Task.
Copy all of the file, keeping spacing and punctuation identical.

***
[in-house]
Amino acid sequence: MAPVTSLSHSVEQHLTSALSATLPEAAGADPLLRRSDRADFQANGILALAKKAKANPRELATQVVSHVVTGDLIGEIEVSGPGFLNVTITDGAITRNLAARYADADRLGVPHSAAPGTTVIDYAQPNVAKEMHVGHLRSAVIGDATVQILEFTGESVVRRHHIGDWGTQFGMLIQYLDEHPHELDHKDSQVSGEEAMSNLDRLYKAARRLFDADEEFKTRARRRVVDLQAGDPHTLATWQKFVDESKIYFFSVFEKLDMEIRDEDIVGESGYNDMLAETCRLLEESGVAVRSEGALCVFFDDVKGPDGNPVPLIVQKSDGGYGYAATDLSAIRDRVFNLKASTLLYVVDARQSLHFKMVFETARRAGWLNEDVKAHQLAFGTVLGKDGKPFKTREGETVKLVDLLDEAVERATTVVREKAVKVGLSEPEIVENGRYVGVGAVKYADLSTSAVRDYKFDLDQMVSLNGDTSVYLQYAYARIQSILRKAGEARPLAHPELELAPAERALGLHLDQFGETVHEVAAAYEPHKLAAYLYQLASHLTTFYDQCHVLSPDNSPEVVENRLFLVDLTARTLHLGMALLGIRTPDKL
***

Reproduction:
[in-house]
Amino acid sequence: MAPVTSLSHSVEQHLTSALSATLPEAAGADPLLRRSDRADFQANGILALAKKAKANPRELATQVVSHVVTGDLIGEIEVSGPGFLNVTITDGAITRNLAARYADADRLGVPHSAAPGTTVIDYAQPNVAKEMHVGHLRSAVIGDATVQILEFTGESVVRRHHIGDWGTQFGMLIQYLDEHPHELDHKDSQVSGEEAMSNLDRLYKAARRLFDADEEFKTRARRRVVDLQAGDPHTLATWQKFVDESKIYFFSVFEKLDMEIRDEDIVGESGYNDMLAETCRLLEESGVAVRSEGALCVFFDDVKGPDGNPVPLIVQKSDGGYGYAATDLSAIRDRVFNLKASTLLYVVDARQSLHFKMVFETARRAGWLNEDVKAHQLAFGTVLGKDGKPFKTREGETVKLVDLLDEAVERATTVVREKAVKVGLSEPEIVENGRYVGVGAVKYADLSTSAVRDYKFDLDQMVSLNGDTSVYLQYAYARIQSILRKAGEARPLAHPELELAPAERALGLHLDQFGETVHEVAAAYEPHKLAAYLYQLASHLTTFYDQCHVLSPDNSPEVVENRLFLVDLTARTLHLGMALLGIRTPDKL